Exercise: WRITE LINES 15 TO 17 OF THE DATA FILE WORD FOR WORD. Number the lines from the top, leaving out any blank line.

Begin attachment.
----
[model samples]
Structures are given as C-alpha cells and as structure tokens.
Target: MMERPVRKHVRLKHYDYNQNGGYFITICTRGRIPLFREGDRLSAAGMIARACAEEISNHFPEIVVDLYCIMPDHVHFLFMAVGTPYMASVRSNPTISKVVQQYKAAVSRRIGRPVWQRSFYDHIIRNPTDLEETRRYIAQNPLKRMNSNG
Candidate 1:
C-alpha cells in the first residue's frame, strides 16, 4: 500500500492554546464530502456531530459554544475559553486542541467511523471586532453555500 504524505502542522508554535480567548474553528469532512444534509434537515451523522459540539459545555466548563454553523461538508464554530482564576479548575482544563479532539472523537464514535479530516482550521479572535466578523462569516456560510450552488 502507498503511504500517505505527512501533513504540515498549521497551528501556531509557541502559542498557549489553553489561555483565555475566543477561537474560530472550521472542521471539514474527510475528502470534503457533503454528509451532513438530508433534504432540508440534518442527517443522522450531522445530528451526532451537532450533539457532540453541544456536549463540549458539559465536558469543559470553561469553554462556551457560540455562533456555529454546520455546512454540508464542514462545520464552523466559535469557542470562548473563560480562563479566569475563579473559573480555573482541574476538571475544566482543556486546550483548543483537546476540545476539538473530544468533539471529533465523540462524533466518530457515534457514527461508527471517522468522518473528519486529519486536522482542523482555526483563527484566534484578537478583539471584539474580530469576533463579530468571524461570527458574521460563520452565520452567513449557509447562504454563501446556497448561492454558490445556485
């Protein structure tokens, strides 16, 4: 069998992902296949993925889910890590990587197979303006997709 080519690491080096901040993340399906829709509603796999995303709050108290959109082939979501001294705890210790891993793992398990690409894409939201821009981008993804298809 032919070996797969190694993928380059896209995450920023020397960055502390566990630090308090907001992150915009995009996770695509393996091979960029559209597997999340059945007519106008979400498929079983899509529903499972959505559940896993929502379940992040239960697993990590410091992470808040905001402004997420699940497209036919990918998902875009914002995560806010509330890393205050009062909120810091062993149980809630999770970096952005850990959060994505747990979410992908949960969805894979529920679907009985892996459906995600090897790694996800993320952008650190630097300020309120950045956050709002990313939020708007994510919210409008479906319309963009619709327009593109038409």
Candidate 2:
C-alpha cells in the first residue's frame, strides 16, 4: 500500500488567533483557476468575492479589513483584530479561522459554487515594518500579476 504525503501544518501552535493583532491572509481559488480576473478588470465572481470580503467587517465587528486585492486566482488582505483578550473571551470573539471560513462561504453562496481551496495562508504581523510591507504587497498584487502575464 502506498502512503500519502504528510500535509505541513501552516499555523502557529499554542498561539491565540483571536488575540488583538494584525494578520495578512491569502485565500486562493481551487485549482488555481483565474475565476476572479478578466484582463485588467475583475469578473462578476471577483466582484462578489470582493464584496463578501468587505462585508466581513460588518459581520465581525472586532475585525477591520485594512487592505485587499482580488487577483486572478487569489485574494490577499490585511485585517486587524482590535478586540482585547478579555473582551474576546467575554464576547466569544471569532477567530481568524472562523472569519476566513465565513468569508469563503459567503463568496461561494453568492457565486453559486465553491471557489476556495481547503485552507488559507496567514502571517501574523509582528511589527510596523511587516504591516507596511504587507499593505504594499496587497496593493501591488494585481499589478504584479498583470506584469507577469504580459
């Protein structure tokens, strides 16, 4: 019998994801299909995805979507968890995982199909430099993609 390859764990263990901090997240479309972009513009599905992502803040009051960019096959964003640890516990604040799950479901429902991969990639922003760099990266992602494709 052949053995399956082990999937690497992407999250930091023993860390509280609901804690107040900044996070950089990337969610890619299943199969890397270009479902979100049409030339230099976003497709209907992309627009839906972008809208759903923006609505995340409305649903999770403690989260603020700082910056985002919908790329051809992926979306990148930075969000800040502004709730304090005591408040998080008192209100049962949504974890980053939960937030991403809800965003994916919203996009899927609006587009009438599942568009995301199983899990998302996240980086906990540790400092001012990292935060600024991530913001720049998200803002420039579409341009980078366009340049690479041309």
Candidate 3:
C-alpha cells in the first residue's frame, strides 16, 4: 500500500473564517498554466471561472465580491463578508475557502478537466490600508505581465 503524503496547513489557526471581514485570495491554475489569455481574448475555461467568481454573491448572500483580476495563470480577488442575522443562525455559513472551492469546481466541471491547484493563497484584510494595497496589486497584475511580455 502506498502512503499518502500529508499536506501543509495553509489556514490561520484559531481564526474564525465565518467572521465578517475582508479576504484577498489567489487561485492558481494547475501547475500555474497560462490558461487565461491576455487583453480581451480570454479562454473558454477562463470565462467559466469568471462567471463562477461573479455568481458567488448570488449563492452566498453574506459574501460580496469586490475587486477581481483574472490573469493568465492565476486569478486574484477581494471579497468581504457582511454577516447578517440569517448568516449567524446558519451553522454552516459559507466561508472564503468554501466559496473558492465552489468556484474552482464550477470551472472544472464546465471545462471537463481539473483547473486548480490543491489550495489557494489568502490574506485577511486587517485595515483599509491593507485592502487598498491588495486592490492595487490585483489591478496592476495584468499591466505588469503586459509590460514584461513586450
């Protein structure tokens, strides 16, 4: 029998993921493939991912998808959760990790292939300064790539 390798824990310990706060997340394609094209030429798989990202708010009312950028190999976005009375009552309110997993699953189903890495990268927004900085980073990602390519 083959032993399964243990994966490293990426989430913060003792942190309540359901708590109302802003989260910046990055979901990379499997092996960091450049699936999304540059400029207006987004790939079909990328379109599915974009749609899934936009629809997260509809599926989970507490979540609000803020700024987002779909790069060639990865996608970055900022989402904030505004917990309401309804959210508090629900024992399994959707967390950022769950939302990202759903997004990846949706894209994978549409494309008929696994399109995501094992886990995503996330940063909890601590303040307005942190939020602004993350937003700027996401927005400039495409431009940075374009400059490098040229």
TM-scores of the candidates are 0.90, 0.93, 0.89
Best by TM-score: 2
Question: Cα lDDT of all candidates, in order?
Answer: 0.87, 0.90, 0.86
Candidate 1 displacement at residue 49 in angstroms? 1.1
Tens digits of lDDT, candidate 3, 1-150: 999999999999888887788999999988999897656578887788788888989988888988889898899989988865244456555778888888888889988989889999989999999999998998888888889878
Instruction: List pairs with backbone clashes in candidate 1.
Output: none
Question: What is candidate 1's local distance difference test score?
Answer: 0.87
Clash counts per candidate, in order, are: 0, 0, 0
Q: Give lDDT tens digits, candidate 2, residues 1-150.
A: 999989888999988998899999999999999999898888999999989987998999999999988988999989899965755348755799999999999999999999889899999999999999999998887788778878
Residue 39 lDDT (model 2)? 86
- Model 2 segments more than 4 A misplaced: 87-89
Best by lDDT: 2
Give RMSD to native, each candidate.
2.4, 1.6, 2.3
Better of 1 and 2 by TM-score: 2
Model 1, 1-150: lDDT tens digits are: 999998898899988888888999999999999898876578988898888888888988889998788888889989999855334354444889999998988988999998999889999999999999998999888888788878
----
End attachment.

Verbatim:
Question: Cα lDDT of all candidates, in order?
Answer: 0.87, 0.90, 0.86
Candidate 1 displacement at residue 49 in angstroms? 1.1